Adobe has been busy updating Lightroom, making this popular editing software more effective, faster, and easier to use. The quick tutorial below from Photoshop Café explains how to improve your workflow with a trio of new capabilities.
Instructor Colin Smith is a favorite among Shutterbug readers who appreciate the straightforward manner in which he keeps us informed whenever Photoshop and Lightroom updates are released. Today he walks you through what he considers “the three top new features in Lightroom version 12.4.”
Not only will Smith’s picks enable you to achieve better edits, but they’re simple enough for anyone to use, as evidenced by the fact that they only take five minutes to demonstrate. The first new feature is called Grain in Masks, and Smith pulls up a seascape photo with grain in the sky to walk you through the rehabilitation process.
Smith starts in the Develop module and creates a Linear Mask to illustrate how blurring the background is one common fix. But here’s the problem: the sky no longer matches the grain in the rest of the image. This is where the new Grain in Masks tool comes to the rescue. As you’ll see, there are three sliders under the Effects tab for adjusting Texture, Clarity and Dehaze.
Immediately below you’ll also find Grain sliders that control Amount, Size, and Roughness. Smith demonstrates how to use these simple tools to remove or add a slight bit of grain to various portions of an image so that the photo has a uniform appearance. Check out his before/after images and you’ll be impressed.
The second new Lightroom feature on Smith’s list is Visualize Colors, and he demonstrates why it’s “super useful.” This one is somewhat hidden within the familiar HSL panel, but the ALT/Option keystroke unlocks the new capabilities. Let’s say you’re adjusting saturation, for example. By using this keystroke Lightroom will hide all the colors other than the one you’re adjusting with its slider.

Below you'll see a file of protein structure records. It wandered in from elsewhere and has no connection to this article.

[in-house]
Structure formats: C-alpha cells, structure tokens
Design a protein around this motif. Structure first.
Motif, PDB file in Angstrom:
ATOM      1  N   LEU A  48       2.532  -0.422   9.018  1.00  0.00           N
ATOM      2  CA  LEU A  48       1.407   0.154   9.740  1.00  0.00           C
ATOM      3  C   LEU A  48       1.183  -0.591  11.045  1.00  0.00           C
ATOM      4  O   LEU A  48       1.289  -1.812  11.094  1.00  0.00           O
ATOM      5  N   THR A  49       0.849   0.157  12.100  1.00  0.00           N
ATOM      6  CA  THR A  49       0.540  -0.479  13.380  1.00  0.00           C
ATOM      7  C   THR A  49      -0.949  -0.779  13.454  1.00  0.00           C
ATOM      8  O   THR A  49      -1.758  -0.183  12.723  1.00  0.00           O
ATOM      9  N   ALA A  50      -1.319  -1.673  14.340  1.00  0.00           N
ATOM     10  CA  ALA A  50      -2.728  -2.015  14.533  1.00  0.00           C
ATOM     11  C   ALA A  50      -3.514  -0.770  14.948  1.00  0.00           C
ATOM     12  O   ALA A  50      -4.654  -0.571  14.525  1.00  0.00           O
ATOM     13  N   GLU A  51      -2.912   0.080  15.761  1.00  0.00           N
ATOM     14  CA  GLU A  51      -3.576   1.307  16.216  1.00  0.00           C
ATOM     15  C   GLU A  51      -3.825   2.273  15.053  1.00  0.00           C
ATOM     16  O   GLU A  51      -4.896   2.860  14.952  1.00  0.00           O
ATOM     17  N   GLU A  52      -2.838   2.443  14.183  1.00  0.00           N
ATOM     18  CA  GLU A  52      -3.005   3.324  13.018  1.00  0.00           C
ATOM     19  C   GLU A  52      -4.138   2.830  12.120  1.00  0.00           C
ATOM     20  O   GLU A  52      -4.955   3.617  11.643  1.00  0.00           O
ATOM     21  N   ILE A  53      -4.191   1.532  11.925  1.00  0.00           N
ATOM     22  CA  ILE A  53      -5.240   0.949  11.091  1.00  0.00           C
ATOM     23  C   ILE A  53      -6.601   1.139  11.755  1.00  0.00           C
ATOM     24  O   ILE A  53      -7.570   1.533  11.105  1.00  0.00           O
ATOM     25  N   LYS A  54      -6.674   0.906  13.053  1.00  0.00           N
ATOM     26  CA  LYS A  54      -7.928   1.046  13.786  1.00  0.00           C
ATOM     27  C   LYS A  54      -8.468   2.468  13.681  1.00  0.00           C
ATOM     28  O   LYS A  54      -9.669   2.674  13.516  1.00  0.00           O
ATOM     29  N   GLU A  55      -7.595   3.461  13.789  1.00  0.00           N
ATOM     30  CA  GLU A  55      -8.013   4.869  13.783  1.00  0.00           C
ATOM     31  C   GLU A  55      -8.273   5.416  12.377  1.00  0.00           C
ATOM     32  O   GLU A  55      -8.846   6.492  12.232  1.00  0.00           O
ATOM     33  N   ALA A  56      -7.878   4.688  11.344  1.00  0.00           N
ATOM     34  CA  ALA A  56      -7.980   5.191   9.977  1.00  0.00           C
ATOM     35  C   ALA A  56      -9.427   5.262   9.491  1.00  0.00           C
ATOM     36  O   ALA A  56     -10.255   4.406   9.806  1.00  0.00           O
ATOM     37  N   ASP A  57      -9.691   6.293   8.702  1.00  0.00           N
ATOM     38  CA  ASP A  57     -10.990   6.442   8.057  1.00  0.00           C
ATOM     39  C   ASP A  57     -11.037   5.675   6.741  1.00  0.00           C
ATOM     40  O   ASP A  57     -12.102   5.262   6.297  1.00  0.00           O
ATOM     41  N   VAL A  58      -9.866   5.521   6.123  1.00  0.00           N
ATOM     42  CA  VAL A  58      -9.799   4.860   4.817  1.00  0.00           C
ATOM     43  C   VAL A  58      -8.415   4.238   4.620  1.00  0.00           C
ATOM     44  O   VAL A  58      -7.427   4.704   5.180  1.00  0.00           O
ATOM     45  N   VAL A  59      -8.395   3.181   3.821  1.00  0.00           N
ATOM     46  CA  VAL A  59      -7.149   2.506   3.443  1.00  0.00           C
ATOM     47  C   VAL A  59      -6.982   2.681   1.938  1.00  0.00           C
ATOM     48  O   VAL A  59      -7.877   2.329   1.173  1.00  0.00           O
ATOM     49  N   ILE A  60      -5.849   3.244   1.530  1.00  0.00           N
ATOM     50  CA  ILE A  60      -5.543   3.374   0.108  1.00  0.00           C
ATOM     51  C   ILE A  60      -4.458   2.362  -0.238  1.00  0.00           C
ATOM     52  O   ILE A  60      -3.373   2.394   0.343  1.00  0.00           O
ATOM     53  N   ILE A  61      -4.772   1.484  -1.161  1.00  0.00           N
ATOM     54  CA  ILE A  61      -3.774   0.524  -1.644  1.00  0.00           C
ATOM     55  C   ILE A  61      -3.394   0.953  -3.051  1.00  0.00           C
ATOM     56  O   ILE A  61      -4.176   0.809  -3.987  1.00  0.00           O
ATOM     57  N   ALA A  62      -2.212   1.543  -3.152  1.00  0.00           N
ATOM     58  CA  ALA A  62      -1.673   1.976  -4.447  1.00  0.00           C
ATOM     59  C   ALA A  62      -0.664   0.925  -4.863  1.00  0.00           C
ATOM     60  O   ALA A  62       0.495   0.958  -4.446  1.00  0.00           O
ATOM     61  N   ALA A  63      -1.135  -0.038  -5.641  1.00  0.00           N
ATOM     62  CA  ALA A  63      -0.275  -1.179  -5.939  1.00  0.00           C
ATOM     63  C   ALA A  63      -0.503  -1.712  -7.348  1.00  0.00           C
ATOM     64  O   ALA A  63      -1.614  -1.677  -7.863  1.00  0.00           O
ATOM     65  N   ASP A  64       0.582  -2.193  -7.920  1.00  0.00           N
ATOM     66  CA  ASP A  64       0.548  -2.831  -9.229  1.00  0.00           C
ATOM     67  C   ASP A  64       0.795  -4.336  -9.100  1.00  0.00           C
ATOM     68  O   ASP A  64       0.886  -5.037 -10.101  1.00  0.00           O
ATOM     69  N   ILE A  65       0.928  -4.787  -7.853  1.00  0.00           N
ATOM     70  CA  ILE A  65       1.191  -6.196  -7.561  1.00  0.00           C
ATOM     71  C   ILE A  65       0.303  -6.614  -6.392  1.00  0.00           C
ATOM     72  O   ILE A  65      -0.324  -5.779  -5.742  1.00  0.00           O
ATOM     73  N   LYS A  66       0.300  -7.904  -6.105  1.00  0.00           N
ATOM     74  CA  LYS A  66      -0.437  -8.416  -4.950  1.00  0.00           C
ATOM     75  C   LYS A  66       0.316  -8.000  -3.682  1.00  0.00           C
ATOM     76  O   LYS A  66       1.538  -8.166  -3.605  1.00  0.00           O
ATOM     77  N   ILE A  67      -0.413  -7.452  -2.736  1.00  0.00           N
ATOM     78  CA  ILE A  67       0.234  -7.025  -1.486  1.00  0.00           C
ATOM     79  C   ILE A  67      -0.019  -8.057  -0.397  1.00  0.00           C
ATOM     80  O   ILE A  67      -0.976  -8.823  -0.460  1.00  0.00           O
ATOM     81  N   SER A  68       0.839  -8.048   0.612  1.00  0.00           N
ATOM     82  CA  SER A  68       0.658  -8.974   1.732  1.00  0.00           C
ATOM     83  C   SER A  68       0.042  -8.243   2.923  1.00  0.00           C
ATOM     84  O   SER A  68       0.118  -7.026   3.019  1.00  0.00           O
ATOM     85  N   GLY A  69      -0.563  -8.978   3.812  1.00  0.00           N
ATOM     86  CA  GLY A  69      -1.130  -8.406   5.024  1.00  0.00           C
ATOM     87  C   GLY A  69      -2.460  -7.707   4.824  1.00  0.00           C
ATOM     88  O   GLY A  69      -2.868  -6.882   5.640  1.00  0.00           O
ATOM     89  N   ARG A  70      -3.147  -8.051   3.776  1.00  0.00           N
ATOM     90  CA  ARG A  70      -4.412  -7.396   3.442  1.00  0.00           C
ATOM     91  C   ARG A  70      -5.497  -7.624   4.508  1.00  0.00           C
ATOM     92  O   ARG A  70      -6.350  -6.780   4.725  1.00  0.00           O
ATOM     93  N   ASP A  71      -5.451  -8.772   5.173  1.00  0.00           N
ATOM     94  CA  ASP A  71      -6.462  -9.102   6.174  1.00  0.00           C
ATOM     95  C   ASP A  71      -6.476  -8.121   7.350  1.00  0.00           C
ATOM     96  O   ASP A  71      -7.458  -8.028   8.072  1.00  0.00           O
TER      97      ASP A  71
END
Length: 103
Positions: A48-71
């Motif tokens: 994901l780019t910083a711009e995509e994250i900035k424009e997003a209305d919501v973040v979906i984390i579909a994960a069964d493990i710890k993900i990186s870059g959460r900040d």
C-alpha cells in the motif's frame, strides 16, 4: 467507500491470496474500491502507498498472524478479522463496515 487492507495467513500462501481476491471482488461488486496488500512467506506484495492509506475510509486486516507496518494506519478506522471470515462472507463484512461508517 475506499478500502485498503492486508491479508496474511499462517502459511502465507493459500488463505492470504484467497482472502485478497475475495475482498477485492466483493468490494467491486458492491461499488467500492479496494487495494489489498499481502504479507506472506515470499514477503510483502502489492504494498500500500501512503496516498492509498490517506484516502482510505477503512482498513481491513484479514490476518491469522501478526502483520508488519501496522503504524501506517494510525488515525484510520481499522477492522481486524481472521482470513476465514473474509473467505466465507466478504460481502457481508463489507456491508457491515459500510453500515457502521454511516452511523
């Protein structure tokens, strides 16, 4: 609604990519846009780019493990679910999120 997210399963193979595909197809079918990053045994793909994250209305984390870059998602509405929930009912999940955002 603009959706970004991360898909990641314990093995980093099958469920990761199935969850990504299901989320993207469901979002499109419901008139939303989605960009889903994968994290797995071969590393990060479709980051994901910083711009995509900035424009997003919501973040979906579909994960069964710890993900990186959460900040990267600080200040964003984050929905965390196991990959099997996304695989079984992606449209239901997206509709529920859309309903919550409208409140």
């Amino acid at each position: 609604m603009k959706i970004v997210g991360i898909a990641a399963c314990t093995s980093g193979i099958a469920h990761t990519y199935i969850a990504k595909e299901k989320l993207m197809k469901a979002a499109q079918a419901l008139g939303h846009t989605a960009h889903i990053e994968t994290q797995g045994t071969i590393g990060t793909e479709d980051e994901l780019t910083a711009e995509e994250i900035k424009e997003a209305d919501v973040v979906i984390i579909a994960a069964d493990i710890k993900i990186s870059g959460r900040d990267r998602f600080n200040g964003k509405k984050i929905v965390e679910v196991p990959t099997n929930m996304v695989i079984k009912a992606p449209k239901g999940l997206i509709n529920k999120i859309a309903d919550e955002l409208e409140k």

The same holds true when working with the Hue and Luminance sliders. There’s also a Targeted Adjustment tool at the top left of each HSL section that enables you to click and drag within the image to quickly make whatever color adjustments you desire.
Saturation Recovery is Smith’s third favorite new feature, and you’ll have to watch this lesson to see what it can do. Let’s just say is involves using Curves and is just as simple and effective as the tools outlined above. You can master these three new features in no time, and your edits will be more effective as a result.
Smith’s instructional YouTube channel is loaded with helpful lessons like this, so pay a visit and check back often.
On a related note, be sure to watch the tutorial we posted from another pro recently, explaining more details about using Lightroom’s updated Curves tool to solve Saturation problems.